Gandhi : An Indian Philosopher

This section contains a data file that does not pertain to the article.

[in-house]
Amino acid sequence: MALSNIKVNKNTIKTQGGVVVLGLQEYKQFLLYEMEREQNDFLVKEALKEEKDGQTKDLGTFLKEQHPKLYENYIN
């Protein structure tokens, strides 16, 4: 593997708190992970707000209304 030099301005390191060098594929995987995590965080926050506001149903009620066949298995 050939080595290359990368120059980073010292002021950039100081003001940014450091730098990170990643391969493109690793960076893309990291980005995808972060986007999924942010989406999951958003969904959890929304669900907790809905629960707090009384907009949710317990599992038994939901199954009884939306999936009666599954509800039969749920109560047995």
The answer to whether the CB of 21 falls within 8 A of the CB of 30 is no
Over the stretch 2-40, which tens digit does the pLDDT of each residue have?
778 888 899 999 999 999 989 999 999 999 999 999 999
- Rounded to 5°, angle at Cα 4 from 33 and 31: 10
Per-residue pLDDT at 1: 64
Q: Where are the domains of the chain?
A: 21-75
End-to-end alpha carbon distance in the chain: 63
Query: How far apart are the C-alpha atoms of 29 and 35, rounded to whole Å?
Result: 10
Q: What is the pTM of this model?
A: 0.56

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Mohandas Karamchand Gandhi, otherwise known as “Mahatma,” meaning “great soul,” is an Indian philosopher, teacher, author, vegetarian, simple-living advocate, and the creator of the effective method of protest, “Civil Disobedience.” He helped contribute to the liberation of India from the British government, as well as aid the countless lives of others by teaching them to live in harmony, despite religious differences. Known in India as Bapu, translating to “Father of India,” Gandhi also helped in alleviating the poor from their burden of taxation. He strongly opposed the British rule in both South Africa and India, and instead of resorting to violence, Gandhi ultimately used the human emotion of suffering in order to open the eyes of others through empathy, effectively changing the way people protest throughout history. Born on October 2, 1869, Gandhi was raised in a small, coastal town called Porbandar, located in western India. His father, Karamchand Gandhi, was the Prime Minister of Porbander. Despite being an effective and experienced bureaucrat, he did little financially for his family. Gandhi commented on his father by stating, “He never had any ambition to gather riches and left us very little,” (Rawding 5). Gandhi’s mother, Putlibai, on the other hand, played a key role in developing Gandhi’s state of mind. Being a firm believer in the Jainism, she would frequently take arduous vows as a test of her faith, and she will go through with them without giving up. Before
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